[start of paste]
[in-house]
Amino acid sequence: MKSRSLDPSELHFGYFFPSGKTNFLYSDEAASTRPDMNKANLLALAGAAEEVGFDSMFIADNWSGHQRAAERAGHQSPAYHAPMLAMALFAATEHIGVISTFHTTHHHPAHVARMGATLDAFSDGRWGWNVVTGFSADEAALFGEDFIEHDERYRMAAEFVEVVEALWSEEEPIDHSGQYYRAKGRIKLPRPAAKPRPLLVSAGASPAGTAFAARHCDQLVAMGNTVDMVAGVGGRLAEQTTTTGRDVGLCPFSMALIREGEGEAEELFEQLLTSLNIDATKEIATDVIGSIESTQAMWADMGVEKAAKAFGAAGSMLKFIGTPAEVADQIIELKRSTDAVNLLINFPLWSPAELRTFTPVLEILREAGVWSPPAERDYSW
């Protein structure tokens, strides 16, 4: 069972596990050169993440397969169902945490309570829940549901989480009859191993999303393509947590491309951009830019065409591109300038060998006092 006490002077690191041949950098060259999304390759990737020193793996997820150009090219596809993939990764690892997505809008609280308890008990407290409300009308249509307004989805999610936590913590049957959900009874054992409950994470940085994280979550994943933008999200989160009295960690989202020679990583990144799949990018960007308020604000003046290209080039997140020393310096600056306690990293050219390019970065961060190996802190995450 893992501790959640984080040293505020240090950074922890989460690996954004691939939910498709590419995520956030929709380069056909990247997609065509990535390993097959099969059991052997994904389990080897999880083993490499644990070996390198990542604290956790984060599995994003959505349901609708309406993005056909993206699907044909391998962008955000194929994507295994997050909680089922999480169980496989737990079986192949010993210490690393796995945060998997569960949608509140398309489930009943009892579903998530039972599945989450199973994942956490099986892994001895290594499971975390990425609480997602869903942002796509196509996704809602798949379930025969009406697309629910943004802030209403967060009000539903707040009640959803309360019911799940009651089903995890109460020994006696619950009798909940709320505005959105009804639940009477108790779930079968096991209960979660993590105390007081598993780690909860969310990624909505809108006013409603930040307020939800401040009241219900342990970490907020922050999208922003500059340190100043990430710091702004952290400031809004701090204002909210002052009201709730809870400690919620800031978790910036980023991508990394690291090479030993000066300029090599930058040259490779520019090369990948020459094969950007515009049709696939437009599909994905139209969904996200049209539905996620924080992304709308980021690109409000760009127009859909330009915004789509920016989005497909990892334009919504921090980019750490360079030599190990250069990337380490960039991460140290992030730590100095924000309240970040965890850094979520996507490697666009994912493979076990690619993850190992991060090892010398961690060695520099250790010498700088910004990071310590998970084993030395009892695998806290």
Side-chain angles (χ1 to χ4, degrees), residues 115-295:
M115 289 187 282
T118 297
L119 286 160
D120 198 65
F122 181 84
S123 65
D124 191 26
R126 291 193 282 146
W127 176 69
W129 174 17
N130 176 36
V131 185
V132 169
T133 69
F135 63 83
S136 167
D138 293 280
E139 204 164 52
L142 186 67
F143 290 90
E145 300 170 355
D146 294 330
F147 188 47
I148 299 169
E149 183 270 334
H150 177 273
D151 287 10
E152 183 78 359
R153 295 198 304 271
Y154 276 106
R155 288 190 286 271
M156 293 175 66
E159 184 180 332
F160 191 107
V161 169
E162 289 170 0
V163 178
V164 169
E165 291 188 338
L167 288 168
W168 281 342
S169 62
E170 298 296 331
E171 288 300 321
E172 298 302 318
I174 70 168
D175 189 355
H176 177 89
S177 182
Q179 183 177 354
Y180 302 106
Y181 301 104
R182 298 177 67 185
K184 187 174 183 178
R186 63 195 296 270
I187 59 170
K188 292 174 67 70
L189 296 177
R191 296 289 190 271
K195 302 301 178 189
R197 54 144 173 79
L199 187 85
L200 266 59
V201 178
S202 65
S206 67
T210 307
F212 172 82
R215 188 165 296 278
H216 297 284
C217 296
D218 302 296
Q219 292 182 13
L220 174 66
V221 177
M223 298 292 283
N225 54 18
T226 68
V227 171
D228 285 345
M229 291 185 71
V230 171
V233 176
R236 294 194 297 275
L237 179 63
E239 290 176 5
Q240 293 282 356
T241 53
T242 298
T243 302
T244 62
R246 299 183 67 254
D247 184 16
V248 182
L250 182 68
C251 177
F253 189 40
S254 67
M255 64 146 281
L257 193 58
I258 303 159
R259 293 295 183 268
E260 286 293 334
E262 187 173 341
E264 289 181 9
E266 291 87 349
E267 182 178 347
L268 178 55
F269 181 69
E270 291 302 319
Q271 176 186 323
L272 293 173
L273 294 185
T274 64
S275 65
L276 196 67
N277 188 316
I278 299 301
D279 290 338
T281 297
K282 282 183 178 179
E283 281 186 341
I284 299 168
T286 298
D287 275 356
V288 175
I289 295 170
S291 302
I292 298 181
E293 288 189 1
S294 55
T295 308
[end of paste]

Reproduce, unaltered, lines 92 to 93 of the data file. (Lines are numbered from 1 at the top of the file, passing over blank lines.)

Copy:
T241 53
T242 298